I'd like to apply zero padding to it, for better frequency bin resolution.
First of all, let's state it one more time that zero padding does not improve frequency resolution of DFT. It'll only interpolate the existing spectrum on a finer frequency grid, but will not add any new information to it, otherwise.
In order to improve the true frequency resolution of a DFT computation, you have to take more samples and therefore increase the length of the signal.
Zero padding is applied by adding zeros to the end of the signal to make it length N, where you then compute $N$-point DFT of it afterwards.
Lets consider the following concrete example of the sum of two sinusoidals: $$x[n] = 0.73 \cos(0.25\pi n +\pi/12) + 0.87 \cos(0.28 \pi n + \pi/17)$$
And we shall represent $x[n]$ by a finite length $L$ segment and take $N$-point DFT of it to see a spectral vision of it.
In the first case, let signal length $L=16$ and let DFT-length be $N = 64$. The following is the resulting DFT magnitude plot:
Now, apply zero padding to $x[n]$ and make it length $N=1024$ samples (by adding zeros) and take 1024-point DFT over the still $L=16$ length signal, with the result:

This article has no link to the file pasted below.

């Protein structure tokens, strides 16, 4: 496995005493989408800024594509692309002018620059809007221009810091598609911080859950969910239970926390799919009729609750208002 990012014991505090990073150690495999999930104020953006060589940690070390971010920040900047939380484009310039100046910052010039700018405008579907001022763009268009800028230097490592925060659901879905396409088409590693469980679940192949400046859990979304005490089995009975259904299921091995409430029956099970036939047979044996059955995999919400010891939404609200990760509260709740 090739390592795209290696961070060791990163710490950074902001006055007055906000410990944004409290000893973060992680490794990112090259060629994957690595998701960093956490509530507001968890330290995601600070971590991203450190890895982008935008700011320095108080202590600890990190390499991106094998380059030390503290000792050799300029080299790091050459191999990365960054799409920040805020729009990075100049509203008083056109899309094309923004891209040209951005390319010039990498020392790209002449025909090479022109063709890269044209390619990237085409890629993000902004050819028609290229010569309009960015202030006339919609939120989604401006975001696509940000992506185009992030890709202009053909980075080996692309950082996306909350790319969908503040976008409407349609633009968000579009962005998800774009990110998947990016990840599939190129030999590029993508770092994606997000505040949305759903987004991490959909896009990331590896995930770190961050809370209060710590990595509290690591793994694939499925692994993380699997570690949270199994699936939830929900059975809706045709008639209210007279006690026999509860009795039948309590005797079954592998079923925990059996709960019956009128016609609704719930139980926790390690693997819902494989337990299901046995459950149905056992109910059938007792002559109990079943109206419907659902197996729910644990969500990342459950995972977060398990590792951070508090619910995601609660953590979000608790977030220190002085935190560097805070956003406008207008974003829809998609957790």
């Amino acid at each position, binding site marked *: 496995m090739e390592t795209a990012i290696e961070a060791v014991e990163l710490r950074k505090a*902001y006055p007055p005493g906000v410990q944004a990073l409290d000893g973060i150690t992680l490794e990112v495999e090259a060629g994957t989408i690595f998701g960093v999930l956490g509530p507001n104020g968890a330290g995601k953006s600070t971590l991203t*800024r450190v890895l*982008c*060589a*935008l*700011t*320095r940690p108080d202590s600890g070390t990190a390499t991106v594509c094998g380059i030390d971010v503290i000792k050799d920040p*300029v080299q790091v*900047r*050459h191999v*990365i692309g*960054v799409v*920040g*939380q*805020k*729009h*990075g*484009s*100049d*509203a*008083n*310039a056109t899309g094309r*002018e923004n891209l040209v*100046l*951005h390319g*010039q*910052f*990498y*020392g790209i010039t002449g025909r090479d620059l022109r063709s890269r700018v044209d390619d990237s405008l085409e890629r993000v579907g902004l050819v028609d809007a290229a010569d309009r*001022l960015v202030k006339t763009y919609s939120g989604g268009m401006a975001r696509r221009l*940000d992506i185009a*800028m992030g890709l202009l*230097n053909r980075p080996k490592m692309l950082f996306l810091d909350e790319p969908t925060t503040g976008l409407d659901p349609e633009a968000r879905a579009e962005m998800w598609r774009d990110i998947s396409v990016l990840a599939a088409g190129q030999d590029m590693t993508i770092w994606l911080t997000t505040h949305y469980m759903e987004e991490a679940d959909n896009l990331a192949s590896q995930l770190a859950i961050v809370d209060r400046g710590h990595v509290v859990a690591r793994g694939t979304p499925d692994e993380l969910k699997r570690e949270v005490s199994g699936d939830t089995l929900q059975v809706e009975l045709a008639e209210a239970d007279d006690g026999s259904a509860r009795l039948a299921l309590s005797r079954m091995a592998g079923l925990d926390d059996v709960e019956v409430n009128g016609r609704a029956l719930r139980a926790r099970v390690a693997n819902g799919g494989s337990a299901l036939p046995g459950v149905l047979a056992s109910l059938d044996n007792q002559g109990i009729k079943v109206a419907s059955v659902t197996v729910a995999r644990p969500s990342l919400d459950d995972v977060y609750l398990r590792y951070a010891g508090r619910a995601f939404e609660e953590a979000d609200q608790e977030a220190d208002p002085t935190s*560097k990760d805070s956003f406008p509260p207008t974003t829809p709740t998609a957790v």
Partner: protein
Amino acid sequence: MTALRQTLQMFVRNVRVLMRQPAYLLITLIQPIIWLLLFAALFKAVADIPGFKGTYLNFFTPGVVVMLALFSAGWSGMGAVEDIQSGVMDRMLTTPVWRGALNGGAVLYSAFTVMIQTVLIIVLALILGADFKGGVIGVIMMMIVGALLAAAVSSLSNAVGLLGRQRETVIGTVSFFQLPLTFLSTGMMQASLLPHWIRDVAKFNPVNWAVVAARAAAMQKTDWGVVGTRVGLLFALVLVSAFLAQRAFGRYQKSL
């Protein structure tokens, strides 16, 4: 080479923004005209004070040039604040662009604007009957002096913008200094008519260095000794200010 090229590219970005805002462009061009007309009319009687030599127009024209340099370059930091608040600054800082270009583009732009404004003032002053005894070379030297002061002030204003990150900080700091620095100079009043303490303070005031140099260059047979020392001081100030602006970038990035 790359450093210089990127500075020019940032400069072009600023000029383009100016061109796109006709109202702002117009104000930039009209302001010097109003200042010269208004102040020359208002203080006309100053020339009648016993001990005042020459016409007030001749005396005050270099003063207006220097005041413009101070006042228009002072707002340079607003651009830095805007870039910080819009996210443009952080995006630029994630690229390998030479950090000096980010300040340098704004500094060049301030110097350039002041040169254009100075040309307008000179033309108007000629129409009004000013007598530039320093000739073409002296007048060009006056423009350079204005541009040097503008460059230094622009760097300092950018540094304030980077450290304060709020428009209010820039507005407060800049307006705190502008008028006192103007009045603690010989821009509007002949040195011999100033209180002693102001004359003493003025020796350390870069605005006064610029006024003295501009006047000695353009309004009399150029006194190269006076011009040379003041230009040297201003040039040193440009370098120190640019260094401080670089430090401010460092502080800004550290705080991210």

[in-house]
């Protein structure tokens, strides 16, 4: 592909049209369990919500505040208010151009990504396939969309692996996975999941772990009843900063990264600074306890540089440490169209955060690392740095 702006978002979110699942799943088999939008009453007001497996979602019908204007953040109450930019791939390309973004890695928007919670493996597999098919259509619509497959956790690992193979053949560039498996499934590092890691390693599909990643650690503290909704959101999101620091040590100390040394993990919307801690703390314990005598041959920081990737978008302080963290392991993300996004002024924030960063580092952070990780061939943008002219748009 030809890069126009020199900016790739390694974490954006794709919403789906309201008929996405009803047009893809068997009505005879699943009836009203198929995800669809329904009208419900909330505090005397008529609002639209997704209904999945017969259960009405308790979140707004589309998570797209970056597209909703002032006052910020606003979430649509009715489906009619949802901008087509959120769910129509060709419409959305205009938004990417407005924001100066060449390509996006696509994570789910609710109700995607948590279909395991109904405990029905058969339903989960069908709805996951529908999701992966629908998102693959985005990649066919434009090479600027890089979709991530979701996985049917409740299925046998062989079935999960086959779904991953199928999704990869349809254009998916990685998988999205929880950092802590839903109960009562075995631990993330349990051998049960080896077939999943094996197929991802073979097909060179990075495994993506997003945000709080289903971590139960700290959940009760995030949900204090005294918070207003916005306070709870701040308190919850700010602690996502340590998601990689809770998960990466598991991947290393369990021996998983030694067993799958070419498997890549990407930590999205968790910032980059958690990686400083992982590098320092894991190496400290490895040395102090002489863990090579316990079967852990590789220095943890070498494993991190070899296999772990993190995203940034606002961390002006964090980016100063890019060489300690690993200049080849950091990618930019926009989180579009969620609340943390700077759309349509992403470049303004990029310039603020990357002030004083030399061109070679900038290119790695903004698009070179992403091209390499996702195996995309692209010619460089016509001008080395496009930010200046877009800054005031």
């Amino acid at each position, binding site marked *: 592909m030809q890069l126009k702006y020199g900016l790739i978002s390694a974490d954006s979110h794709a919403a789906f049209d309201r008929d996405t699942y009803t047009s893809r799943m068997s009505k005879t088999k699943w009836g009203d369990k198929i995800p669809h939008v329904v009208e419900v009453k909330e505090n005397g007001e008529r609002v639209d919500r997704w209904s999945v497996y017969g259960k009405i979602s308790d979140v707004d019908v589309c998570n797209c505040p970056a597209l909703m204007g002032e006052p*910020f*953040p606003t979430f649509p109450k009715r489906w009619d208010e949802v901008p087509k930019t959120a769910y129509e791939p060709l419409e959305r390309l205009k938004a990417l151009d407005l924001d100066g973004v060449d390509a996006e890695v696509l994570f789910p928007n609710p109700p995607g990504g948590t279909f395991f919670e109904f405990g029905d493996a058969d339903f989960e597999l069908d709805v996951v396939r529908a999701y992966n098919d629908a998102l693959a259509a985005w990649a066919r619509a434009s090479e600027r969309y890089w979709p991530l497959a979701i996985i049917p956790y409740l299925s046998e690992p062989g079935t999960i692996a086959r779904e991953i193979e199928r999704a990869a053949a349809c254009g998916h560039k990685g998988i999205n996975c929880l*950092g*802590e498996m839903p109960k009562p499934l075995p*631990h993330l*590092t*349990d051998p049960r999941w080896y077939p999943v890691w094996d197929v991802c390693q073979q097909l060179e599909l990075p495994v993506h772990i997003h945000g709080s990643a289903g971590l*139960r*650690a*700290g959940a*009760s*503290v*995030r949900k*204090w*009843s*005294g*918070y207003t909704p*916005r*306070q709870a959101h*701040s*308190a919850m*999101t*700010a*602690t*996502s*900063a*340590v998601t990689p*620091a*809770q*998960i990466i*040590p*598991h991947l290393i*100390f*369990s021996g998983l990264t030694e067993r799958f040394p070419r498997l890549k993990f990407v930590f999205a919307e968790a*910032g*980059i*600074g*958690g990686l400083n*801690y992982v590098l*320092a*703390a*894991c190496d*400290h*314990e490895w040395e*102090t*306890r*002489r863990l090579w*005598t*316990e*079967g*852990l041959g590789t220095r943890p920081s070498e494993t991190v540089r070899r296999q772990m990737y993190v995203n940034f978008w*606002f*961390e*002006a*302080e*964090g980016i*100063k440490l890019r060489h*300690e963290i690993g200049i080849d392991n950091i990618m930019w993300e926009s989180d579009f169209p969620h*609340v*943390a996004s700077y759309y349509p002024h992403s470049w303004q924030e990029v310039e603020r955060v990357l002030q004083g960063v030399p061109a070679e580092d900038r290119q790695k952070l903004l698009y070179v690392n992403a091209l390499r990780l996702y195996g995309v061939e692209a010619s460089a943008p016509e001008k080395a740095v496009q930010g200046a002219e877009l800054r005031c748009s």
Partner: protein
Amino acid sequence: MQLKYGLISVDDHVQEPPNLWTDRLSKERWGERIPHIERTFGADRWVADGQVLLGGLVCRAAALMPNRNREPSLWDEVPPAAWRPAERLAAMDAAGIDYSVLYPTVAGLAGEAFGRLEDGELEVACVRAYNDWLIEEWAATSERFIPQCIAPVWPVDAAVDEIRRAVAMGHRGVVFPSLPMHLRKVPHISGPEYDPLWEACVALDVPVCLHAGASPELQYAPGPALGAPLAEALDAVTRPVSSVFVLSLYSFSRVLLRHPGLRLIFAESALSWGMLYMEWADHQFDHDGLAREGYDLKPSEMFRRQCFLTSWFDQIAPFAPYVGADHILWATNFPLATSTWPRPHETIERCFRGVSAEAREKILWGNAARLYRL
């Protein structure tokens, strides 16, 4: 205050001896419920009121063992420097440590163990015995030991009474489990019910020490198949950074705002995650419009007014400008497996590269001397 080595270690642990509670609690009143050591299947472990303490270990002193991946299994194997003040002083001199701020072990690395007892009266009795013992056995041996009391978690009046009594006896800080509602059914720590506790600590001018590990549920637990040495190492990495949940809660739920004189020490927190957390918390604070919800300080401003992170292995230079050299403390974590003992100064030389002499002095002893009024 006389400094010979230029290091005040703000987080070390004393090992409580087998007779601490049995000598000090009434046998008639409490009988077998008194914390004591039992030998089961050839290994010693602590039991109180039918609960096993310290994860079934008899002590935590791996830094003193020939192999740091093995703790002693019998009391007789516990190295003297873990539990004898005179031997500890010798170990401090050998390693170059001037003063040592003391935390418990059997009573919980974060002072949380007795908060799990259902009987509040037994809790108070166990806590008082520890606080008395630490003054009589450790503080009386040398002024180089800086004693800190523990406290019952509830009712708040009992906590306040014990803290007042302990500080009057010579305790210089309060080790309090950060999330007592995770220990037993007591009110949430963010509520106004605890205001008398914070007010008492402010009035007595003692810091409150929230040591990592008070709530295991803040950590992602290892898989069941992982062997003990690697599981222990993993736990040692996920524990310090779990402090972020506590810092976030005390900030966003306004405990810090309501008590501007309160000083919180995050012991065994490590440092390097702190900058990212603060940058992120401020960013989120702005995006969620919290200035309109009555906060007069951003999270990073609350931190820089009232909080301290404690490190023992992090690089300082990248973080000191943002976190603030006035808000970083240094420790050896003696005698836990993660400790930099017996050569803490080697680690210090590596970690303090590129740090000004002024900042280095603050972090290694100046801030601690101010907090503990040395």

As you can see although increasing DFT length (equivalently zero padding) increases the smoothness of the spectrum, it does not resolve the two sinusoidals embedded in $x[n]$ at the window length of $L=16$.
Now lets increase the signal sample count by setting $L=512$ (taking more samples of $x[n]$ instead of adding zeros to it) and again taking $N=1024$ point DFT of the segment, whose result is:
As can be seen, now the two sinusoidals are finely resolved while still computing the same $N=1024$ point DFT but over a longer signal observation length ($L=512$), hence, demonstrating the fact that the spectral resolution is improved by longer signal observation and not by longer DFT (by zero padding).